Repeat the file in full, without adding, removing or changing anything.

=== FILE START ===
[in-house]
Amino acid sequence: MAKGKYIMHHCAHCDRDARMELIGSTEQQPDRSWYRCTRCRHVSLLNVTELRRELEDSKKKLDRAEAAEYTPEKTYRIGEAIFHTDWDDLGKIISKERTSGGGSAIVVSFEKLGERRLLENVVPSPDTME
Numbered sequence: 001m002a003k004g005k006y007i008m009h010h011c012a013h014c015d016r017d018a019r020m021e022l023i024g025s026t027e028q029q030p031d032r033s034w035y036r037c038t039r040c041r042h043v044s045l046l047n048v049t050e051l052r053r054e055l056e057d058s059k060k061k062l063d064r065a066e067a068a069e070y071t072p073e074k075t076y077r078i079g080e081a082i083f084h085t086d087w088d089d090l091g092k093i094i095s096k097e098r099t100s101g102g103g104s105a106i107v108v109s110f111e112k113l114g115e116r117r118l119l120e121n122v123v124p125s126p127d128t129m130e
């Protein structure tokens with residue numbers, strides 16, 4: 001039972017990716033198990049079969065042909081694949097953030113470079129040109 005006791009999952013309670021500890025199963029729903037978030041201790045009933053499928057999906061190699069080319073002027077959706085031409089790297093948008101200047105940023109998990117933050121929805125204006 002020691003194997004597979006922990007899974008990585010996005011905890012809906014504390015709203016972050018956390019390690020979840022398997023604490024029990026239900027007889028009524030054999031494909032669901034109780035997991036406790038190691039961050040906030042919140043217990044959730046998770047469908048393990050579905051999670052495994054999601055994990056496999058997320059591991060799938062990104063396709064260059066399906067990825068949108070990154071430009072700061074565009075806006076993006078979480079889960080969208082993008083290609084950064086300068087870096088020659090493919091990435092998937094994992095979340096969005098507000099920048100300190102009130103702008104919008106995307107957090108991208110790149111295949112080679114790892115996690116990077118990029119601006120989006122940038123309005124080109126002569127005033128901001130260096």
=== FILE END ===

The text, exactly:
[in-house]
Amino acid sequence: MAKGKYIMHHCAHCDRDARMELIGSTEQQPDRSWYRCTRCRHVSLLNVTELRRELEDSKKKLDRAEAAEYTPEKTYRIGEAIFHTDWDDLGKIISKERTSGGGSAIVVSFEKLGERRLLENVVPSPDTME
Numbered sequence: 001m002a003k004g005k006y007i008m009h010h011c012a013h014c015d016r017d018a019r020m021e022l023i024g025s026t027e028q029q030p031d032r033s034w035y036r037c038t039r040c041r042h043v044s045l046l047n048v049t050e051l052r053r054e055l056e057d058s059k060k061k062l063d064r065a066e067a068a069e070y071t072p073e074k075t076y077r078i079g080e081a082i083f084h085t086d087w088d089d090l091g092k093i094i095s096k097e098r099t100s101g102g103g104s105a106i107v108v109s110f111e112k113l114g115e116r117r118l119l120e121n122v123v124p125s126p127d128t129m130e
């Protein structure tokens with residue numbers, strides 16, 4: 001039972017990716033198990049079969065042909081694949097953030113470079129040109 005006791009999952013309670021500890025199963029729903037978030041201790045009933053499928057999906061190699069080319073002027077959706085031409089790297093948008101200047105940023109998990117933050121929805125204006 002020691003194997004597979006922990007899974008990585010996005011905890012809906014504390015709203016972050018956390019390690020979840022398997023604490024029990026239900027007889028009524030054999031494909032669901034109780035997991036406790038190691039961050040906030042919140043217990044959730046998770047469908048393990050579905051999670052495994054999601055994990056496999058997320059591991060799938062990104063396709064260059066399906067990825068949108070990154071430009072700061074565009075806006076993006078979480079889960080969208082993008083290609084950064086300068087870096088020659090493919091990435092998937094994992095979340096969005098507000099920048100300190102009130103702008104919008106995307107957090108991208110790149111295949112080679114790892115996690116990077118990029119601006120989006122940038123309005124080109126002569127005033128901001130260096």